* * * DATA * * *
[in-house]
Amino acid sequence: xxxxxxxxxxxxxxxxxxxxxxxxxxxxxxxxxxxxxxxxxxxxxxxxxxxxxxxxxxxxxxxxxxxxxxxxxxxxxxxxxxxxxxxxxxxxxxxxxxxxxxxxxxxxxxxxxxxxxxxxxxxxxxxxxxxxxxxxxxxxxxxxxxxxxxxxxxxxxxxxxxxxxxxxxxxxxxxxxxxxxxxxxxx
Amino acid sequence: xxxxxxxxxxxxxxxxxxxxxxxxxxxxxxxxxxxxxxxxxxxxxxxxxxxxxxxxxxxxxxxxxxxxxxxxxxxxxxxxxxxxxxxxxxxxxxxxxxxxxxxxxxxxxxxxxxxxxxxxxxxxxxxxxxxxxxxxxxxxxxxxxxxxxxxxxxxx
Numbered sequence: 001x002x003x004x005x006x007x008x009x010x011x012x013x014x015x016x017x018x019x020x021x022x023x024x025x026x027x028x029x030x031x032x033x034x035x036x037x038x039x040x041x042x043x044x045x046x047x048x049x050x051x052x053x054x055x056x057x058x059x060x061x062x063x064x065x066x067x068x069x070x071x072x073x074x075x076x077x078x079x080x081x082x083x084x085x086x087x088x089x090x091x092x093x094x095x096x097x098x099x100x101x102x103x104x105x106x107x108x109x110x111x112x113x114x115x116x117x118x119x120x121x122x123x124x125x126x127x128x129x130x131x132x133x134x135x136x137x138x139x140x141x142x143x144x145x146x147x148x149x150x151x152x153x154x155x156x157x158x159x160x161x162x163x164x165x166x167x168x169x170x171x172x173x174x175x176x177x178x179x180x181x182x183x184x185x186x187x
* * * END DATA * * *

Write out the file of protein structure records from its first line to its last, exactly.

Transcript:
[in-house]
Amino acid sequence: xxxxxxxxxxxxxxxxxxxxxxxxxxxxxxxxxxxxxxxxxxxxxxxxxxxxxxxxxxxxxxxxxxxxxxxxxxxxxxxxxxxxxxxxxxxxxxxxxxxxxxxxxxxxxxxxxxxxxxxxxxxxxxxxxxxxxxxxxxxxxxxxxxxxxxxxxxxxxxxxxxxxxxxxxxxxxxxxxxxxxxxxxxx
Amino acid sequence: xxxxxxxxxxxxxxxxxxxxxxxxxxxxxxxxxxxxxxxxxxxxxxxxxxxxxxxxxxxxxxxxxxxxxxxxxxxxxxxxxxxxxxxxxxxxxxxxxxxxxxxxxxxxxxxxxxxxxxxxxxxxxxxxxxxxxxxxxxxxxxxxxxxxxxxxxxxx
Numbered sequence: 001x002x003x004x005x006x007x008x009x010x011x012x013x014x015x016x017x018x019x020x021x022x023x024x025x026x027x028x029x030x031x032x033x034x035x036x037x038x039x040x041x042x043x044x045x046x047x048x049x050x051x052x053x054x055x056x057x058x059x060x061x062x063x064x065x066x067x068x069x070x071x072x073x074x075x076x077x078x079x080x081x082x083x084x085x086x087x088x089x090x091x092x093x094x095x096x097x098x099x100x101x102x103x104x105x106x107x108x109x110x111x112x113x114x115x116x117x118x119x120x121x122x123x124x125x126x127x128x129x130x131x132x133x134x135x136x137x138x139x140x141x142x143x144x145x146x147x148x149x150x151x152x153x154x155x156x157x158x159x160x161x162x163x164x165x166x167x168x169x170x171x172x173x174x175x176x177x178x179x180x181x182x183x184x185x186x187x